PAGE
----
Performance review: Parrwang Lifts the Sky, Malthouse Theatre

Based on an original creation story from Wadawurrung Country, this is a tale of a magpie named Parrwang who saves the world from darkness.
A stage filled with performers dressed as animals and birds with a backdrop and set covered in Aboriginal designs.

There appears to be a welcome shift within ballet and opera spaces, with more children’s programming, in an attempt to diversify traditionally older audiences and target younger demographics.

While Parrwang Lifts The Sky (by composer and national treasure Deborah Cheetham Fraillon AO) has much to offer those younger audiences, there are some core issues that let the production down.

But first the positive aspects of the show… The Wadawurrung Dreamtime story of Parrwang is set in a tree and features birds including magpies, crows and, of course, the Creator, Bunjil the eagle.  

The staging is extremely pretty and it’s a refreshing change that it does not feature a screen or animation, as many new shows aimed at children appear to be doing now. The technique definitely has its place, but it’s lovely to experience more traditional staging.

The treetop setting is decorated with branches with dot art and natural earthy, warm tones, and some anthropomorphised decorations, especially in the home of Parrwang.

The performances are beautiful, from the joyous and kind eponymous magpie Parrwang and the conservative but pompous and comical crows, Mr and Mrs Waa.

The costuming, however, seems misguided.

Bunjil’s costume appears to be almost colonial in its style, with a long coat, waistcoat and boots. It’s understood that the show aims to weave together Aboriginal storytelling and opera’s traditional stylistic feel, but it feels jarring and it’s hard to understand the reasoning behind it. The two styles certainly do not feel complementary.  

Most of the singing is in English, with some Language and song. Explanations appear in writing at either side of the screen. The problem is that while the production is billed as being sure to ‘captivate audiences of all ages’, it would be difficult for children unable to read to follow the storyline.

Parents (including me) attending with littlies tried to read the notes to their child before they disappeared from the screen. The younger children around started to get bored and fidgety halfway through the 55-minute production. This is really a show for those aged 10 and up.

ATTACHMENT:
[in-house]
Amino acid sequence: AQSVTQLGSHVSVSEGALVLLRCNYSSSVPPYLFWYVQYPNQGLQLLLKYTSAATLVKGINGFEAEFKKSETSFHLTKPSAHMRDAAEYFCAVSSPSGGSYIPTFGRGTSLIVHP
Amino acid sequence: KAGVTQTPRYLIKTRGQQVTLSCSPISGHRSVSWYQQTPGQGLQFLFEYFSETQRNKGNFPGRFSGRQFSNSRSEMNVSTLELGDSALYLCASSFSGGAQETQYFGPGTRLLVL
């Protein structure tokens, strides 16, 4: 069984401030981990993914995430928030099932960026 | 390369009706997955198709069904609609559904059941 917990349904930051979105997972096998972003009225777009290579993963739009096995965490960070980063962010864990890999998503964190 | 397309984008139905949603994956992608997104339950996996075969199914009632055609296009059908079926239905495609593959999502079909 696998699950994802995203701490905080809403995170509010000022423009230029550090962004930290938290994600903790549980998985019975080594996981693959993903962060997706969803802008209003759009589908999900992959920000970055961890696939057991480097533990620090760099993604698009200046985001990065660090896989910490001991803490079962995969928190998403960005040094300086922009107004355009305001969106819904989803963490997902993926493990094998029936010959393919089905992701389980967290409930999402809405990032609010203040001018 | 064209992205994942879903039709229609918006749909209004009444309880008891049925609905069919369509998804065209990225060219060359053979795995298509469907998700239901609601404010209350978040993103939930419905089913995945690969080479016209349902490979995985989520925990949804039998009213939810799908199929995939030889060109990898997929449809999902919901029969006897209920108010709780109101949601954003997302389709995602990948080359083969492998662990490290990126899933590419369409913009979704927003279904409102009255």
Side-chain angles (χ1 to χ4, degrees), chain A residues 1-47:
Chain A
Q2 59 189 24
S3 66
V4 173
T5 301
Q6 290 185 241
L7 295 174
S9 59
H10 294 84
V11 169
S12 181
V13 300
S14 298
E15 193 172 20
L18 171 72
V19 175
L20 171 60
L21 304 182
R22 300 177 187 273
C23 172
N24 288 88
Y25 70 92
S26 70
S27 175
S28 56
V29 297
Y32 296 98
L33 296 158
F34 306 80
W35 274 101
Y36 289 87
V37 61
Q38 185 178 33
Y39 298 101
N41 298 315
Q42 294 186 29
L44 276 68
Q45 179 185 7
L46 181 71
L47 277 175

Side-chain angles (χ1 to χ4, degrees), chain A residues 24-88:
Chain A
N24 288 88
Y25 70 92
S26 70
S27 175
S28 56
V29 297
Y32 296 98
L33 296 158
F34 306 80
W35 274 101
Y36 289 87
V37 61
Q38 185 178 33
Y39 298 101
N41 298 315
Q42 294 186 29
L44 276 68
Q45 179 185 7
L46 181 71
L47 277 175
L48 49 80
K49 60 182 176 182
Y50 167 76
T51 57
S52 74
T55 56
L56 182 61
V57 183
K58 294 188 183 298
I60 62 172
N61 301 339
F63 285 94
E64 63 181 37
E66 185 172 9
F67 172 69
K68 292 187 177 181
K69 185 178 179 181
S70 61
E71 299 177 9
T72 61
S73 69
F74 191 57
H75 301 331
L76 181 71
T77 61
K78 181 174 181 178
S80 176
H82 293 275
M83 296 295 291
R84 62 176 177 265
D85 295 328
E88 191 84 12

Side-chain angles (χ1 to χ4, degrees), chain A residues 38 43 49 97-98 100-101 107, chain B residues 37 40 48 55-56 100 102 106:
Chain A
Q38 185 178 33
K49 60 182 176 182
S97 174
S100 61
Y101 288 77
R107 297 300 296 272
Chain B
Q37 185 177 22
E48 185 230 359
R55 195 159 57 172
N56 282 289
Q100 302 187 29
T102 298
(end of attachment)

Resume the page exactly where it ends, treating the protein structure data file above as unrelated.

As Parrwang reaches its crescendo – with all the birds uniting with Bunjil’s blessing to lift the sky to create a sunrise, so humans don’t have to live in darkness –  a banner unfurls at the back of the stage, showing a beautiful depiction in Aboriginal art.

Except it was caught on the staging and ended up askew, comically diverting attention from what should have been an almost transcendent operatic moment and letting down the otherwise strong performances by the cast.

While some of the humour in the show works (Bunjil telling magpie Parrwang she can punish humans by swooping if they don’t behave is a highlight), other one-liners fall short, including a joke about the Avian flu.

From a musical perspective, there is also a very strange noise (a triangle perhaps?) from the orchestra pit that sounds like a phone or doorbell ringing, a distracting mistake in a show that features anthropomorphised animals.

Not having seen Parrwang Lifts The Sky in its first iteration when it showed mid-last year, it’s hard to gauge how the current production compares.

Read: Theatre review: Switzerland, Ensemble Theatre

Overall, it’s a beautiful story and the performances are lovely, so the rest is (somewhat distracting) window dressing. But with a little bit of work and tightening and another look at how the show is marketed or with better ways to engage the little ones, this could be a much stronger production.

Parrwang Lifts The Sky by Deborah Cheetham Fraillon AO
The Malthouse

Presented by Opera Victoria

Tickets: $20-39

Parrwang Lifts the Sky will be performed until 18 May 2024.

A veteran journalist, Isabelle Oderberg is a comedy fanatic and has been reviewing comedy for six years. She also reviews restaurants, opera and theatre.